In the back of a small shop in a nondescript industrial park, a metal box the size of a kitchen island is humming. And clanking softly. And, well, slooshing.
Andrew McBath, tall and lanky, bends over the box, listening. "Every batch is different," he tells me. "Any moment now, you'll hear it change."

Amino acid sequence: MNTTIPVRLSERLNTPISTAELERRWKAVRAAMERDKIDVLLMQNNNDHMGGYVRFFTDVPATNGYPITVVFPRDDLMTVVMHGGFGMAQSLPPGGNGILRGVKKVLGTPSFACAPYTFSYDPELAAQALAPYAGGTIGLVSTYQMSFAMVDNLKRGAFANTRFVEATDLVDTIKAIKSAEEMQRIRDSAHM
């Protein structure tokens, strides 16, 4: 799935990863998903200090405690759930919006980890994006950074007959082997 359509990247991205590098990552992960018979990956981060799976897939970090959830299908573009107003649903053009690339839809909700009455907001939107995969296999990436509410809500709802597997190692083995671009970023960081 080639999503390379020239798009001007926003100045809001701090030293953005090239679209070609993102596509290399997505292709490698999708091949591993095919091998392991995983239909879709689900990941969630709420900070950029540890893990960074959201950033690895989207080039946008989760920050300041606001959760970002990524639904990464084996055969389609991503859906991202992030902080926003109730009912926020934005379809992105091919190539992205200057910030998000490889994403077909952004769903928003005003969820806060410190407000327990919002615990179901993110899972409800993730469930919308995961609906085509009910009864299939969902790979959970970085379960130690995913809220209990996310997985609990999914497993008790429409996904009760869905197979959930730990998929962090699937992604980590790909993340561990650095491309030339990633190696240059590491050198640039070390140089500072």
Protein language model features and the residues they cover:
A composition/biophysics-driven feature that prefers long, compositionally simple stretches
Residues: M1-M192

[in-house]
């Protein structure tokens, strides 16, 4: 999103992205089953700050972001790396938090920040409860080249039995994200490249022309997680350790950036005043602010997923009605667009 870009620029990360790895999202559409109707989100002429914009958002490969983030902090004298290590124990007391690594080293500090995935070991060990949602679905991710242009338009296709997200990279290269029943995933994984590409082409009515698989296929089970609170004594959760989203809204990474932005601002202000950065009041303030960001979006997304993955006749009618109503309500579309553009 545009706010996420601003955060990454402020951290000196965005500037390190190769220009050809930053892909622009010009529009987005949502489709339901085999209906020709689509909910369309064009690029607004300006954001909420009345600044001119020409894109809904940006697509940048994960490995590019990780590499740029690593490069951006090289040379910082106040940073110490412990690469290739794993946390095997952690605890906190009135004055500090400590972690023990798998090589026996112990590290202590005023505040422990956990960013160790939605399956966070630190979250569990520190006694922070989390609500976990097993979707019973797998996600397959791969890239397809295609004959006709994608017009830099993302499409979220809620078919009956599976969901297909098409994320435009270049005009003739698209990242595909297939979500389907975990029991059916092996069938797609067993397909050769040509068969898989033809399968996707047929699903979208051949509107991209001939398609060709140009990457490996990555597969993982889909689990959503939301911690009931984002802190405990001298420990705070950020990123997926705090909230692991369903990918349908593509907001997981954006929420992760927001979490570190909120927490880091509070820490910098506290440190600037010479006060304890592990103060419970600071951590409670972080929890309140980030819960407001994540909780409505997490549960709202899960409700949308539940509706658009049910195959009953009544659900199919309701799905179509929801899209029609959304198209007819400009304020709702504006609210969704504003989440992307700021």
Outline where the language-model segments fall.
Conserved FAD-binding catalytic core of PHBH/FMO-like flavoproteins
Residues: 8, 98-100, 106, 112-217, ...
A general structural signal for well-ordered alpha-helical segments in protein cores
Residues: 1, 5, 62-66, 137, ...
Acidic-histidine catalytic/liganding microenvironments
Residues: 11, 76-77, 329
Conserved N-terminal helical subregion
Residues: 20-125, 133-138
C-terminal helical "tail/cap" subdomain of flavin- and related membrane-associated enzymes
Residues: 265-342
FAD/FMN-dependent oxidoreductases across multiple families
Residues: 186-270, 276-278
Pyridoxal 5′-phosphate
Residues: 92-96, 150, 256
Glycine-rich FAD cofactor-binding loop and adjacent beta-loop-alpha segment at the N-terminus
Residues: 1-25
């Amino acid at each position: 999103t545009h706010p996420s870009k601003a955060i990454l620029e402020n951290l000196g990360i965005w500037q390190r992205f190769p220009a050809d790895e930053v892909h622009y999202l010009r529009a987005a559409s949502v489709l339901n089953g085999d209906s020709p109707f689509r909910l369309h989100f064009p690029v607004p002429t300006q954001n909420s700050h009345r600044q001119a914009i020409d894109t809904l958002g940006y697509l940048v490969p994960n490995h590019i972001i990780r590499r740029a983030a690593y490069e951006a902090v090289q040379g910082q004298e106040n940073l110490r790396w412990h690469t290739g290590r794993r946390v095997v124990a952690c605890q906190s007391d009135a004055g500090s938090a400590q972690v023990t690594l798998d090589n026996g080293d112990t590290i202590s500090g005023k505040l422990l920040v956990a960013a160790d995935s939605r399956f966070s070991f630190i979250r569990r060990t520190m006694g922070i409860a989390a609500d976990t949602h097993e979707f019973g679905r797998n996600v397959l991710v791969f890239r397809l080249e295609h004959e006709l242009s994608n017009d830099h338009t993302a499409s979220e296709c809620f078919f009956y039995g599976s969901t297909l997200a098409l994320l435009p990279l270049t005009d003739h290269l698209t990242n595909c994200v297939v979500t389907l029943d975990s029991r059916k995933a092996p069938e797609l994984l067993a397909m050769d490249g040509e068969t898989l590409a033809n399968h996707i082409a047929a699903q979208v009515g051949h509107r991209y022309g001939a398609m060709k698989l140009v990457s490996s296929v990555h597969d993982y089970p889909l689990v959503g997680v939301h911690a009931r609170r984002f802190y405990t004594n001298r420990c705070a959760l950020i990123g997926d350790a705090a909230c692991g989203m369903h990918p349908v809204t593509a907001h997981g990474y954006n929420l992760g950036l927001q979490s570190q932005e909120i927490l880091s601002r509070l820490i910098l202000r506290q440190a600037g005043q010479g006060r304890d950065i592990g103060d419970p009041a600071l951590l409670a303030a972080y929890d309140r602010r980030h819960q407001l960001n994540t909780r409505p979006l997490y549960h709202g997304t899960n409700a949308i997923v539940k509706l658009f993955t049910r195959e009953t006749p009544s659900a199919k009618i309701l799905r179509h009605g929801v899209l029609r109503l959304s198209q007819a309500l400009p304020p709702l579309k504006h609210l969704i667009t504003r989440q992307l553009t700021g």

And he's right: In a moment, the box stops swishing and starts thudding, like fingers thumping gently on a taut water balloon. McBath cuts the power, raises the lid, and displays what he's been waiting for: a gleaming, craggy swath of butter, rising out of a froth of buttermilk.
It isn't much butter—the high-tech churn processes just 25 gallons of cream—but Banner Butter isn't focused on ...